The Sixth Day in the Octave of Christmas
Today’s first reading from the first letter of John presents us with a stark warning: “Do not love the world, or the things of the world.” And then, to hammer this point home, the warning is made even stronger: “If anyone loves the world, the love of the Father is not in him.” We should refrain from loving the world and the things of the world, at least in some sense, but what sense is this?
Other passages from scripture should be borne in mind: “I give you a new commandment: love one another. As I have loved you, so you also should love one another.” And elsewhere in the same gospel: “For God so loved the world that he gave his only Son.” According to these latter passages, we should love each other the way God does, and if God loved the world enough to send his only Son, then we should love the world, too, at least in some sense.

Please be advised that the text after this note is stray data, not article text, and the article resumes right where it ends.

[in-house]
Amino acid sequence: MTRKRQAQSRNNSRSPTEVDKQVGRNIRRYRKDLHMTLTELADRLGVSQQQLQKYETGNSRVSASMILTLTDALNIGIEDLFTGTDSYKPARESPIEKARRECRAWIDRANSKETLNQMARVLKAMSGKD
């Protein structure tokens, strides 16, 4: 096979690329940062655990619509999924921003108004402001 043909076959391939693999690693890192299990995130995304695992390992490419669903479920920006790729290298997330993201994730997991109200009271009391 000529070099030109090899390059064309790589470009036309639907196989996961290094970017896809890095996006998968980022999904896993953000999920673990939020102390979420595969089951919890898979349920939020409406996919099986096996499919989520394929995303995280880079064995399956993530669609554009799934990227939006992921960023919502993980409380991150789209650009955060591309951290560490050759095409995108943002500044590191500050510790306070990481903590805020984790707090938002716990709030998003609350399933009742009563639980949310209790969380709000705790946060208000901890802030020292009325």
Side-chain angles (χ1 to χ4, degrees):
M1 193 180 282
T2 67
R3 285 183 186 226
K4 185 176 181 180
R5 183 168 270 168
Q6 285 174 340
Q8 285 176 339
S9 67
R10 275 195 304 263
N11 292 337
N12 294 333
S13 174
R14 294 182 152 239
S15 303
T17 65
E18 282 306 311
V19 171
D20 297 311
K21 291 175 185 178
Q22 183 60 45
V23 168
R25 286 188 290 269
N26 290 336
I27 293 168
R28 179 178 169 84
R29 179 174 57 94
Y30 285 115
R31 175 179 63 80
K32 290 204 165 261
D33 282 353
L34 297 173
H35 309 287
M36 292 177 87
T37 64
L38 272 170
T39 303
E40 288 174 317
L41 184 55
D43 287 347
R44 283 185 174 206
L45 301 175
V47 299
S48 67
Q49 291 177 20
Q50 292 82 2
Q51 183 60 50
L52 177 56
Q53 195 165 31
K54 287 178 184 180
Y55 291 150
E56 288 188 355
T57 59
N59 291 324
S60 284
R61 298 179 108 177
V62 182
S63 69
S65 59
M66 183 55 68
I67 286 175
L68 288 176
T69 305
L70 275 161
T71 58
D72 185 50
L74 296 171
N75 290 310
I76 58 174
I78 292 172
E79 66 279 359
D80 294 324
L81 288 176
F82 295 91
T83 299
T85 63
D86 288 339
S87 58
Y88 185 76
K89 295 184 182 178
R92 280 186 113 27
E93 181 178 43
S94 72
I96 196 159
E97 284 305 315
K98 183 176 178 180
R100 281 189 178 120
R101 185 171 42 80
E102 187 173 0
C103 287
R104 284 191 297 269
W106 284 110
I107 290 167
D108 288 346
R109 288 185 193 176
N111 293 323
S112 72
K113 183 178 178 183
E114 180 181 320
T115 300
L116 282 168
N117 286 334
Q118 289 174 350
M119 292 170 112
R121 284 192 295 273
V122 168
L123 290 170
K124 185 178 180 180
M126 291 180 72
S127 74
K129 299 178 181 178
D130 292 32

In one sense, we must love the world, and, in another sense, we must not love the world. Suffice it to say here that if we don’t love the world enough, then we disparage the gift that God has given us, for after creating the world, did not God declare it to be “good?” And, if we love the world too much, then we give to a creature something that we ought to give to the creator alone. God alone is infinite. The created world is finite, therefore, we ought to love the world in a finite way. That is to say, there must be some limit to the way we love every creature. Where, precisely, does such a limit lie? May God give us the grace always to know his will and the strength everywhere to follow it.